und 15:00 Uhr

Dr. Anton Stephan   (Institut für Physik der Atmosphäre)
Modeling Navier--Stokes equations for high Reynolds number flows and complex geometries in aerodynamic applications

The flight of an aircraft through a turbulent environment presents a difficult numerical problem. Though it can be easily described by the Navier-Stokes equations, it is impossible to perform a direct numerical simulation resolving all physically relevant scales. For several decades, numerous different models have been developed which perform very well for very specific problems. However, since the aircraft flight includes complex geometries as well as large spatial dimensions these models fail to capture all important features of the problem.
The vision of establishing a simulation system for virtual flight in a realistic environment is addressed by the coupling of two separate flow solvers in a bi-directional manner. This enables for example the simulation of a flight through gusts, trailing vortices and clear air turbulence, including the effects on the aircraft and the roll-up of trailing vortices and their further development until final decay. A compressible Reynolds-Averaged Navier-Stokes (RANS) solver resolves the near-field around an aircraft model. An incompressible Large-Eddy Simulation (LES) solver is used to model the atmosphere around the aircraft with its wake footprint in the LES domain. This hybrid simulation setup is used to investigate complex physical problems occurring in different flight scenarios.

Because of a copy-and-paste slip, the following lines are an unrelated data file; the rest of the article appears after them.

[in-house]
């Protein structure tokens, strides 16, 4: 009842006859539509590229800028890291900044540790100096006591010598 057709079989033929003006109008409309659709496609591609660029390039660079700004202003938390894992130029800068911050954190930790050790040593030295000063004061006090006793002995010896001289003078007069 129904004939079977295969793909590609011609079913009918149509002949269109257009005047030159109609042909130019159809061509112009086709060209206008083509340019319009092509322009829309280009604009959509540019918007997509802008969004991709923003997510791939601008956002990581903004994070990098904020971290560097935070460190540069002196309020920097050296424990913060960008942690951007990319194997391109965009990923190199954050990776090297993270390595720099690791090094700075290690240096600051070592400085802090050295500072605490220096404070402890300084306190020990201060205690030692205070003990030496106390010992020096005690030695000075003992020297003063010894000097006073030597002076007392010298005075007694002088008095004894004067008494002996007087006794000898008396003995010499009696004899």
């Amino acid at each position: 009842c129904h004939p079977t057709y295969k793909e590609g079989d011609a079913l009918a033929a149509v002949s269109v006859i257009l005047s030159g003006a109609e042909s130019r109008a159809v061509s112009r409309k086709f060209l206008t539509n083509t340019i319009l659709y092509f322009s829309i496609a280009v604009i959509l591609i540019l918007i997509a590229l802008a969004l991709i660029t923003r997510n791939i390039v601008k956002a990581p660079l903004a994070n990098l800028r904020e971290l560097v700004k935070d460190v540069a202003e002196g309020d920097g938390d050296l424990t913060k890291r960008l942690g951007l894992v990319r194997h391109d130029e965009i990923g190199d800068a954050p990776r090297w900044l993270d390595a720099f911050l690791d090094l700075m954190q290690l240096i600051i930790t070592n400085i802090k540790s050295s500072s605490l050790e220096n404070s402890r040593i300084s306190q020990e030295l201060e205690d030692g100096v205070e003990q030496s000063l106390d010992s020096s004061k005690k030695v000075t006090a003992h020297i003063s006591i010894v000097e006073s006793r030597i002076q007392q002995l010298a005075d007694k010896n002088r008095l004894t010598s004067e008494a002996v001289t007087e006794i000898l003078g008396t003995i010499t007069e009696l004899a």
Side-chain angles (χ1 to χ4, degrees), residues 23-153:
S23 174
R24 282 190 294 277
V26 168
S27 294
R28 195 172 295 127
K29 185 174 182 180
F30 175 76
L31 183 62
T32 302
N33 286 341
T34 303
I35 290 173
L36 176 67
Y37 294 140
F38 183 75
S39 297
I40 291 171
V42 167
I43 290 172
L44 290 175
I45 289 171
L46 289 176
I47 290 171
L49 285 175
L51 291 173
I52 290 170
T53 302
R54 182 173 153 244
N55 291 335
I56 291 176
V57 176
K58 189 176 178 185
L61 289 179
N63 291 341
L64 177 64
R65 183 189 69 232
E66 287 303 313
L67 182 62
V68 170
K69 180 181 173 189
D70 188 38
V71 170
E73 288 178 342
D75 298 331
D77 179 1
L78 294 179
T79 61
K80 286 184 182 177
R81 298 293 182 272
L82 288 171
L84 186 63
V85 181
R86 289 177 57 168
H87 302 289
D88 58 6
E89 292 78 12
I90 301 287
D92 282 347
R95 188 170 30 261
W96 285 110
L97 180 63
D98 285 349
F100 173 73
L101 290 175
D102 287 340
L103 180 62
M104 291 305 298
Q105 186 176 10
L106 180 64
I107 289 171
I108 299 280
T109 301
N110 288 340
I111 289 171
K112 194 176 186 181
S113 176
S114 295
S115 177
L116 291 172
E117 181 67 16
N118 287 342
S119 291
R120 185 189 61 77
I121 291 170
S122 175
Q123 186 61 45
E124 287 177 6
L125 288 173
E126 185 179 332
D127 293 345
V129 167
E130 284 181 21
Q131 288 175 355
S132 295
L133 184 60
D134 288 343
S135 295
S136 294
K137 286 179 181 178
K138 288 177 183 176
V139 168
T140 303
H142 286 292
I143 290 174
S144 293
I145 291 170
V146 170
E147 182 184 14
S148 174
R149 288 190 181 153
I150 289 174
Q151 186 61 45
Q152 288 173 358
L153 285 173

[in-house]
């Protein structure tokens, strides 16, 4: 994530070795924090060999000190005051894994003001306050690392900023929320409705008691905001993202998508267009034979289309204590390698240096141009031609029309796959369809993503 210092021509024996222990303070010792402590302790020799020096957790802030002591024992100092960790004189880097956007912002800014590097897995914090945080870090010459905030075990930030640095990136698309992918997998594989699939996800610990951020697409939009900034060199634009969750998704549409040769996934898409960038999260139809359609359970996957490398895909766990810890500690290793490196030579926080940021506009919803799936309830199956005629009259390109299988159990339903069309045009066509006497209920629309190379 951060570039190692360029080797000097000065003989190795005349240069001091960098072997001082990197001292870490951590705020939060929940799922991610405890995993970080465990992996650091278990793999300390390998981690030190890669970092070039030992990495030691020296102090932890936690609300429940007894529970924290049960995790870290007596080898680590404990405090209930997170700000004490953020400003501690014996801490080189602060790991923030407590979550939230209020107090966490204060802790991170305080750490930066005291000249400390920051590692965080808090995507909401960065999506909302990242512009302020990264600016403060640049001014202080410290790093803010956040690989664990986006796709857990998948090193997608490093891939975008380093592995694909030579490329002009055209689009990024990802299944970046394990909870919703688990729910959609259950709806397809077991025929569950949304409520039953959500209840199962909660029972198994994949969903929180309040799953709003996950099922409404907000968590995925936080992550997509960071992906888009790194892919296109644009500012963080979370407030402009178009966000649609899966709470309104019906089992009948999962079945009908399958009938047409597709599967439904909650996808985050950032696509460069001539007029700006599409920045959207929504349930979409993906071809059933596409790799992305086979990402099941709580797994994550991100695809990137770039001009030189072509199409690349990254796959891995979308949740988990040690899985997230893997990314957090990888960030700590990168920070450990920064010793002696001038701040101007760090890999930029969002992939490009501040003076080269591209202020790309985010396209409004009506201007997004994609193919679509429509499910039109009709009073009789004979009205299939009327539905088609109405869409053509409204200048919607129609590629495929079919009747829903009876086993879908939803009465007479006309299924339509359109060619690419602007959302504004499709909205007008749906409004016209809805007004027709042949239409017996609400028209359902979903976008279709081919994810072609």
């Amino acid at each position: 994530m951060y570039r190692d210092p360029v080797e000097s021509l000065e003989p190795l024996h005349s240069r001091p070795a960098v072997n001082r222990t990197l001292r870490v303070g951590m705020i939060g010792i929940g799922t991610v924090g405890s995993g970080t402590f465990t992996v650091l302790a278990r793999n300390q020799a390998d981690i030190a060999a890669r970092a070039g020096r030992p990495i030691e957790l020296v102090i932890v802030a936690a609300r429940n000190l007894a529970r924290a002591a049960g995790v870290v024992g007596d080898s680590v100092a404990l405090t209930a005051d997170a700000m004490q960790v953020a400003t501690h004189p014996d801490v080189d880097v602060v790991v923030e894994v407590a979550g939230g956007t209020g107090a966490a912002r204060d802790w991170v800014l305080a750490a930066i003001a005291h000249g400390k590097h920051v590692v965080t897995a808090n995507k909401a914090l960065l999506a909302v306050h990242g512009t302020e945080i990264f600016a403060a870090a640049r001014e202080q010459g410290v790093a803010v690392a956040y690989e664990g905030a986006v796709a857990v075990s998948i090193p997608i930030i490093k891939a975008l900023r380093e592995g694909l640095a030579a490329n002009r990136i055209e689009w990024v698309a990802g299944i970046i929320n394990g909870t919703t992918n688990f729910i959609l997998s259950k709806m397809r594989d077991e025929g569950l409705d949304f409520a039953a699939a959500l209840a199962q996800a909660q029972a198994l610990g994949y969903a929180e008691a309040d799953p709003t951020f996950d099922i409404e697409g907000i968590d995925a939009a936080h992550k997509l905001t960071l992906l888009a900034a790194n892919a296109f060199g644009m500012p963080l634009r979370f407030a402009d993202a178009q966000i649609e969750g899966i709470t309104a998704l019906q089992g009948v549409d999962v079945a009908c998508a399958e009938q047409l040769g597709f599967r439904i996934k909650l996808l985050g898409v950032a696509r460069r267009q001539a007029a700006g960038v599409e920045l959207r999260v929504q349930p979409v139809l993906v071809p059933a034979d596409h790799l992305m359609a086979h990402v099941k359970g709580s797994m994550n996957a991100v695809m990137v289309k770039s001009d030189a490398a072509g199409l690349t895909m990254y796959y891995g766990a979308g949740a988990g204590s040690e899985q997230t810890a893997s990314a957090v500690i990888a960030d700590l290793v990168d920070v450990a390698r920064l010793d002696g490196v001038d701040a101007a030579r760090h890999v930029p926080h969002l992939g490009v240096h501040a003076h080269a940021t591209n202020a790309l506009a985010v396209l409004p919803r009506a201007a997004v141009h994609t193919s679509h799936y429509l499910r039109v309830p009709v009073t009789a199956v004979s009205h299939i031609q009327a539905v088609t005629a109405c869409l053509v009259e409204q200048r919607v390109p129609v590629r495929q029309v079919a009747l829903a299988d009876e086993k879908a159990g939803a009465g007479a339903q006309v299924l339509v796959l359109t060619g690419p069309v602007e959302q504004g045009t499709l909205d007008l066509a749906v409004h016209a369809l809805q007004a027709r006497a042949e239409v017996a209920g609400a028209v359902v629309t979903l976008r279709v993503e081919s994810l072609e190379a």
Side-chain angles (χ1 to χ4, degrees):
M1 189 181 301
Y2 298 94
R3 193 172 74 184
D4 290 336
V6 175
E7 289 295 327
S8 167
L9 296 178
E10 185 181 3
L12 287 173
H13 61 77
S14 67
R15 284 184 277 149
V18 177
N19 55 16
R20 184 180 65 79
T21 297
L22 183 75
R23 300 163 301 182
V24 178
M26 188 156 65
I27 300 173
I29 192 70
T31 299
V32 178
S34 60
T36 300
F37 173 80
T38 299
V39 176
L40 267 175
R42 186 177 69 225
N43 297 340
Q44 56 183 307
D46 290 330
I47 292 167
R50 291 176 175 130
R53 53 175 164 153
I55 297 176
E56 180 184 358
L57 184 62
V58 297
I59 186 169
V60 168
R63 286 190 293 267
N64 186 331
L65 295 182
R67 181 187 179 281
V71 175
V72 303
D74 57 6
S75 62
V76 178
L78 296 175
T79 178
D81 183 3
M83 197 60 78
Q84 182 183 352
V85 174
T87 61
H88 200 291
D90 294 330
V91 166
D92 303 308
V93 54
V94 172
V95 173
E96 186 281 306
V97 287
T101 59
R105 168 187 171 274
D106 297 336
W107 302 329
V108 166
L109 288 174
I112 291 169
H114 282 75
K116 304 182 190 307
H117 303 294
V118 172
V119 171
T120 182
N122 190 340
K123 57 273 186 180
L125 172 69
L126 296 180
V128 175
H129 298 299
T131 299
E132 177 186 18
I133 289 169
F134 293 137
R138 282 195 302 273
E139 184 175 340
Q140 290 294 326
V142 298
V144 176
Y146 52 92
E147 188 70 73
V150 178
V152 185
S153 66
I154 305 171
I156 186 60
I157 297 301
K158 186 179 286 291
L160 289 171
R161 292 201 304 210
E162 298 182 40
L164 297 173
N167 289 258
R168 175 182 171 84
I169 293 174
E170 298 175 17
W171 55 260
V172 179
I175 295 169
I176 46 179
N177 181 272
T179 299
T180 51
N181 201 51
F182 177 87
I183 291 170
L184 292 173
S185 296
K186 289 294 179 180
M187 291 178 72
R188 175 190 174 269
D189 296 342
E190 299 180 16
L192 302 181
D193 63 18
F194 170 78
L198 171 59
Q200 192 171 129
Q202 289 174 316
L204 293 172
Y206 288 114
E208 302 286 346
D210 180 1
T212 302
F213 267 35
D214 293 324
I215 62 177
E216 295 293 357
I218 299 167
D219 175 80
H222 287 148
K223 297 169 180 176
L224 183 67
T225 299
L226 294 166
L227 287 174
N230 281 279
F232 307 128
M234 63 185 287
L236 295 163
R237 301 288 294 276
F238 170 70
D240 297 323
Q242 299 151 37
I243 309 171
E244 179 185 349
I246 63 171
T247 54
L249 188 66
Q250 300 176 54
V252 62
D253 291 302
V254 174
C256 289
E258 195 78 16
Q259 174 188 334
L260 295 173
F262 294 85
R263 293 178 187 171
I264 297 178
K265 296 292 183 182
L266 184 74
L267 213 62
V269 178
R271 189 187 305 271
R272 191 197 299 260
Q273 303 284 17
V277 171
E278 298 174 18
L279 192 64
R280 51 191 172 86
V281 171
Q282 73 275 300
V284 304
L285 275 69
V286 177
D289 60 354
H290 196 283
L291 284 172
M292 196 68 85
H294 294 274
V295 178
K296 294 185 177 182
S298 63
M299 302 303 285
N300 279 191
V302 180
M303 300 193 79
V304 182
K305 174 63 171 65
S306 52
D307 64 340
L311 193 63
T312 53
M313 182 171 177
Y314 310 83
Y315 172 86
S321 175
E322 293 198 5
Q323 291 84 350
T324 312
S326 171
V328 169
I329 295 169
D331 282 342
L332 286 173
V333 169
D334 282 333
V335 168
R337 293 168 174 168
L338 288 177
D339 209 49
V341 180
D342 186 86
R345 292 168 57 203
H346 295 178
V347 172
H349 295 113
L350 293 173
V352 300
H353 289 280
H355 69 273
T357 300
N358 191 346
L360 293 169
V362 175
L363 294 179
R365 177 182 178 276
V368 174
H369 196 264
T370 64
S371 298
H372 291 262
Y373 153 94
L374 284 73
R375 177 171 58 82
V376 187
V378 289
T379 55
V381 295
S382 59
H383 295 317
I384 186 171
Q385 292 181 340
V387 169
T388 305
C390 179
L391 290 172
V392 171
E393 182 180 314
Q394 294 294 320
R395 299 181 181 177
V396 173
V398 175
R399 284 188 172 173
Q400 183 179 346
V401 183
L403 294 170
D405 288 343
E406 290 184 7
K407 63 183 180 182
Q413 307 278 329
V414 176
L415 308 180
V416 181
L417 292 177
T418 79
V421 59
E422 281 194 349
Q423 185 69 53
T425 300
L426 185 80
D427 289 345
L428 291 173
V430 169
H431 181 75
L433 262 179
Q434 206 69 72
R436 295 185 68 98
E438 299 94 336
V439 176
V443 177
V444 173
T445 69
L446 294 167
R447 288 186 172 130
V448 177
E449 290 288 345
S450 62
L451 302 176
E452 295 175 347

Donnerstag, 20. 02. 2020, 14:00 Uhr (ESH)

Prof. Wolfgang Dreyer   (WIAS Berlin)
Classical tests of electro-chemistry

Volume changes, heat of dilution, osmosis, saturation pressure decrease and boiling temperature increase of electrolytes are classical phenomena that can be used to test and adjust parameter of electrochemical modeling. In this lecture we apply the electrolyte model developed at WIAS to these phenomena in order to critically examine the underlying assumptions. The observations require generalizations of the notions of incompressibility and surface tension.